Chinese rocket heads to the `Heavenly Palace’

A Chinese unmanned spacecraft headed off to space today for the country`s first docking mission, paving the way for the establishment of China`s first space station by 2020.

Beijing: A Chinese unmanned spacecraft headed
off to space today for the country`s first docking mission,
paving the way for the establishment of China`s first space
station by 2020 to rival Mir, the space lab being operated by
Russian and US astronauts.

The successful launch of unmanned spacecraft Shenzhou-8 in
the early hours today from Jiuquan Satellite Launch Center in
northwest Gobi desert was successful, Commander-in-chief of
China`s manned space programme Chang Wanquan announced.

The spacecraft was sent into the designated orbit by Long
March-2F rocket.

It is heading for rendezvous with Tiangong-1, or "the
Heavenly Palace" that was put into space on September 29 for
the country`s first space docking, which was expected to take
place in the next two days.

The move, if successful, will pave the way for China to
operate a permanent space station around 2020 and make it the
world`s third to do so after the US and Russia. This will be
the second space station after the Mir space lab launched in
2001 by Russia.

Mir is currently managed by Russian and US space

The docking of the Shenzhou-8 will take place at a height
of 343 km above the Earth`s surface.

It will return to the Earth after two docking tryouts.
Chinese and German scientists will conduct 17 life science
space experiments on the Chinese spacecraft Shenzhou-8, Wu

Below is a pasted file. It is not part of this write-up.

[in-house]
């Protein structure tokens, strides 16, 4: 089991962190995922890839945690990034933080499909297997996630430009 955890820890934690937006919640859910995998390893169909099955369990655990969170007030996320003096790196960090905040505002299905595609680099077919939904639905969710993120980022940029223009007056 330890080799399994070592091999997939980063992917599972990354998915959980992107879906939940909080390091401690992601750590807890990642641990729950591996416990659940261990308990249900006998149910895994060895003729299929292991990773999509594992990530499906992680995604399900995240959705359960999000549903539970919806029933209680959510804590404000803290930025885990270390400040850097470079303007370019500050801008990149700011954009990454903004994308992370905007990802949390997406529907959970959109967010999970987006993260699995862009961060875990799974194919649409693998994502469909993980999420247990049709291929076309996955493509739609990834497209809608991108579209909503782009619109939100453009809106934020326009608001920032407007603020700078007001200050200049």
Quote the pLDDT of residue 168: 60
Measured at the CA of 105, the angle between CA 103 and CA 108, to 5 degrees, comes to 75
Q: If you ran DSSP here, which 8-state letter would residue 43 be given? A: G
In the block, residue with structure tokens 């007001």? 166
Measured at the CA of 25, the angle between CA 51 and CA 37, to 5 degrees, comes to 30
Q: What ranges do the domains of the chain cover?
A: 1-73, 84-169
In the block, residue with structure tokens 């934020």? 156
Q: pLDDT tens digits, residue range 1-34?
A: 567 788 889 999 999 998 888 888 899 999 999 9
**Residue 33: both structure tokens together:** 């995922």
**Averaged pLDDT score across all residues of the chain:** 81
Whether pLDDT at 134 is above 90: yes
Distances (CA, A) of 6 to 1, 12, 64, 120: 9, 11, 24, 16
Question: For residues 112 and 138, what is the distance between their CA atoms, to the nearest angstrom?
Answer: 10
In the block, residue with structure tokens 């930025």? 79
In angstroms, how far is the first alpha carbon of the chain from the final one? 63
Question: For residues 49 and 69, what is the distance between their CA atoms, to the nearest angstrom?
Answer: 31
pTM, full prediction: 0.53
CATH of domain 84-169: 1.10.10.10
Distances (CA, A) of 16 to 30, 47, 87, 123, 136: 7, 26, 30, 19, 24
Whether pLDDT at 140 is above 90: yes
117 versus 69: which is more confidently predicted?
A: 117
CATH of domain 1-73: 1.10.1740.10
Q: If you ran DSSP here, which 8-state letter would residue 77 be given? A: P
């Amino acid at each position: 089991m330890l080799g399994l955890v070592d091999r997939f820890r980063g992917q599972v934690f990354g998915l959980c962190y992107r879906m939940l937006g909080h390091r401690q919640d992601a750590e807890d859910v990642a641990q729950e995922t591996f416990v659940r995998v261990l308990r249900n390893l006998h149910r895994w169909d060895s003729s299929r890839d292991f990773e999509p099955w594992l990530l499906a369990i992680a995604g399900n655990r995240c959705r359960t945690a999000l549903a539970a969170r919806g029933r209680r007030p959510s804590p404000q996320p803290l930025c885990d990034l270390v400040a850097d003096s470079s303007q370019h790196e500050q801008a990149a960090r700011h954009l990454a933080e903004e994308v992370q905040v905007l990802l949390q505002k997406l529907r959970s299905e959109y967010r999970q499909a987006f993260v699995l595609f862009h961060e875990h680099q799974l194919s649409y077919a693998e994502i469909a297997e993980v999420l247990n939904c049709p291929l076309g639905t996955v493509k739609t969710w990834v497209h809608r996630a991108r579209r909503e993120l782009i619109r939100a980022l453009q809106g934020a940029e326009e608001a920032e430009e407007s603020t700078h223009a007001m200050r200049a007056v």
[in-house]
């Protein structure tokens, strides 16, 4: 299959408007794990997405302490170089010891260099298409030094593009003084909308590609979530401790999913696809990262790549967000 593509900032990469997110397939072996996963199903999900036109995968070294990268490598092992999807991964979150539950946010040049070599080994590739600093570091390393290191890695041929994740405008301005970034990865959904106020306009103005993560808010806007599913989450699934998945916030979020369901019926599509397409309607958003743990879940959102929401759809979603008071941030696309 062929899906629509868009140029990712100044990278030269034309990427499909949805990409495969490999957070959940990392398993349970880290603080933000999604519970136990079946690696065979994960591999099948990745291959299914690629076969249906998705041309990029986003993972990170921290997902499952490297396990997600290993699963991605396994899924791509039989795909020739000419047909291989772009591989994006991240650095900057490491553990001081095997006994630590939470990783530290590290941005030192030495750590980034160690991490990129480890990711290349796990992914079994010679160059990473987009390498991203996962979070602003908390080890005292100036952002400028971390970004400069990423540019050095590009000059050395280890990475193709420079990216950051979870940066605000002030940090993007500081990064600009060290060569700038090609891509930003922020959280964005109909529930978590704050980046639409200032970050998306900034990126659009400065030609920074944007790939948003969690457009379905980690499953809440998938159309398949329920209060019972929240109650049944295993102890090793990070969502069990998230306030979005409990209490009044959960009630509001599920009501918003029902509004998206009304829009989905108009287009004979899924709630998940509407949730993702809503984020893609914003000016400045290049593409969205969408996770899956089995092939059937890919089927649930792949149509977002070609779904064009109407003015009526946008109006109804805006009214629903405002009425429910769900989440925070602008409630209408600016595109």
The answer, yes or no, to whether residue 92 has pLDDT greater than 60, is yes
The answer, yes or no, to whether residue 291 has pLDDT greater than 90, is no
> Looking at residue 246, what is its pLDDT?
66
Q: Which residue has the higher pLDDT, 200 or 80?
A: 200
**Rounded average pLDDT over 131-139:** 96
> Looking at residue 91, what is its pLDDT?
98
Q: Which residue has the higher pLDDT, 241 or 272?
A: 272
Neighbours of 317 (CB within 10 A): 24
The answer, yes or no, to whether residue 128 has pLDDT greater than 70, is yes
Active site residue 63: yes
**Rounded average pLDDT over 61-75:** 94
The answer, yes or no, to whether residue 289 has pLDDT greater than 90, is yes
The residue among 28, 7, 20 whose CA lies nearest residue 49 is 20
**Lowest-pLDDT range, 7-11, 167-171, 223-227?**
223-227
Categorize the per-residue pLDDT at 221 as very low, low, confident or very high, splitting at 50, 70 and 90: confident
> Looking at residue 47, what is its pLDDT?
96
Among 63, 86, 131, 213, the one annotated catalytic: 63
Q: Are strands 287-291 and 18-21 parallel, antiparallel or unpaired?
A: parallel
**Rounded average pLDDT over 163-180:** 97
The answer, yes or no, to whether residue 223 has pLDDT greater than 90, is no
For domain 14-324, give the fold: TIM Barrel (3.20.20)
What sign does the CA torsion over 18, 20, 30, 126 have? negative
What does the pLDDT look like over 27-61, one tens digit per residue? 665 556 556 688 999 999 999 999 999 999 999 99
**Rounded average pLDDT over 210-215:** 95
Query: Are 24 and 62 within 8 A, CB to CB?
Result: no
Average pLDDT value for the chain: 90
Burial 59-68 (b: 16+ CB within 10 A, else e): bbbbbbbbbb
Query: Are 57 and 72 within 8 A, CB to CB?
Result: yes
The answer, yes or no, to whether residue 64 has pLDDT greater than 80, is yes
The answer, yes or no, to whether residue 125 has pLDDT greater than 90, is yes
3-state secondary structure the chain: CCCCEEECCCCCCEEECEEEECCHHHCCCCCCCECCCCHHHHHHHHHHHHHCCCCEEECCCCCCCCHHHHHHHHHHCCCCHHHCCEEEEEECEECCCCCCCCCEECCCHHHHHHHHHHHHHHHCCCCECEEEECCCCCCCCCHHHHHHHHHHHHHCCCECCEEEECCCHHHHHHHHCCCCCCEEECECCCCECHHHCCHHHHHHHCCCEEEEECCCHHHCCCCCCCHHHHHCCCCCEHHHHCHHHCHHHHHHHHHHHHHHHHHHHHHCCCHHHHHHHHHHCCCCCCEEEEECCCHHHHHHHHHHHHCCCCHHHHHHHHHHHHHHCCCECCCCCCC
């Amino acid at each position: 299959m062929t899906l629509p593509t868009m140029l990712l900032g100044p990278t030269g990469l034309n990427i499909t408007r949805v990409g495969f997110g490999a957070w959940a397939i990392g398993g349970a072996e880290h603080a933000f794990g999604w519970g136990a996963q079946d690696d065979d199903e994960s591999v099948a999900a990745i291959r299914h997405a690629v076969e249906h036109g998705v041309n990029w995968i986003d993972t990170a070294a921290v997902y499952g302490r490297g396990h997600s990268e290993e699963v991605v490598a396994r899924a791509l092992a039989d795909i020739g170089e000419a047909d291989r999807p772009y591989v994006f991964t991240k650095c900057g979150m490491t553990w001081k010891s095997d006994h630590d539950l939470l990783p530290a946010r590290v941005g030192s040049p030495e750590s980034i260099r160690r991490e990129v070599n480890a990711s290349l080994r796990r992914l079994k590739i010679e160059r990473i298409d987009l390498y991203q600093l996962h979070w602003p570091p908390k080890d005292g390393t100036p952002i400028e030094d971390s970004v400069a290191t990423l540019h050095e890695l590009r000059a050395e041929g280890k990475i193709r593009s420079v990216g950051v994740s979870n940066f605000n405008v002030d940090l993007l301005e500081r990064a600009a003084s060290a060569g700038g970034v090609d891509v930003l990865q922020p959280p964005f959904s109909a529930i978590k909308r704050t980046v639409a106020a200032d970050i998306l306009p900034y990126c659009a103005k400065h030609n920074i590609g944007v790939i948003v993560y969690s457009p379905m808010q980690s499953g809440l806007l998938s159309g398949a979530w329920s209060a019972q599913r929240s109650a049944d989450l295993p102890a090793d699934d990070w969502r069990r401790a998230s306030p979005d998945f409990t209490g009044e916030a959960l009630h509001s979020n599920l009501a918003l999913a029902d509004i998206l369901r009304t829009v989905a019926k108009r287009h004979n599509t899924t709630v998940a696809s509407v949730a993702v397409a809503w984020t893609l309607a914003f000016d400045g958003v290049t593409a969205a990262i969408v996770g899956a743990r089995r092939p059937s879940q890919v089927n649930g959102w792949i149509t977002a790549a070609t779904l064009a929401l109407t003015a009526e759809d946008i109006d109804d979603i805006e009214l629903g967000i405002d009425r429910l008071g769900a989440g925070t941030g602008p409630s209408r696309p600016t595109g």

Ping, spokeswoman for China`s manned space programme, said.

To ensure the success of the mission, Chinese space
engineers have made "considerable modifications" on Shenzhou-8
to previous versions of the spacecraft.

Shenzhou-8, with a length of nine metres and a maximum
diameter of 2.8 metres, has a liftoff weight of 8.082 tonnes.

"More than half of the 600 or so sets of equipment have
been modified, while newly designed devices account for about
15 per cent of the total," Wu said.

The modifications were mainly aimed at arming the
spacecraft with automatic and manual rendezvous and docking
capacities, and enhancing the vehicle`s performance, safety
and reliability, Wu said.

"After the improvements, the spacecraft will be able to
connect with the target spacecraft Tiangong-1 for 180 days,"
Wu said.

The unmanned spacecraft is also equipped with devices for
recording real images and mechanical parameters during its
flight, to test the space docking before a manned attempt.

Once China has mastered the technologies of rendezvous and
docking, it will be equipped with the basic technologies and
capacity required for building a space station, Zhou Jianping,
chief designer of China`s manned space programme said.

Today`s mission will be followed by launches of spaceships
Shenzhou-9 and -10 in 2012, which are also expected to dock
with Tiangong-1.

"At least one mission of the two will be manned," Wu said.
The crew members, including probably two female
astronauts, have already been selected for the possible manual
space docking mission in 2012 and are being trained for manual
docking skills.

The space docking tests and experiments will provide
crucial experience of China`s construction of a 60-tonne
permanent manned space station around 2020 when Chinese
astronauts are expected to operate more research projects in

"It will make it possible for China to carry out space
exploration of a larger scale," Zhou said.


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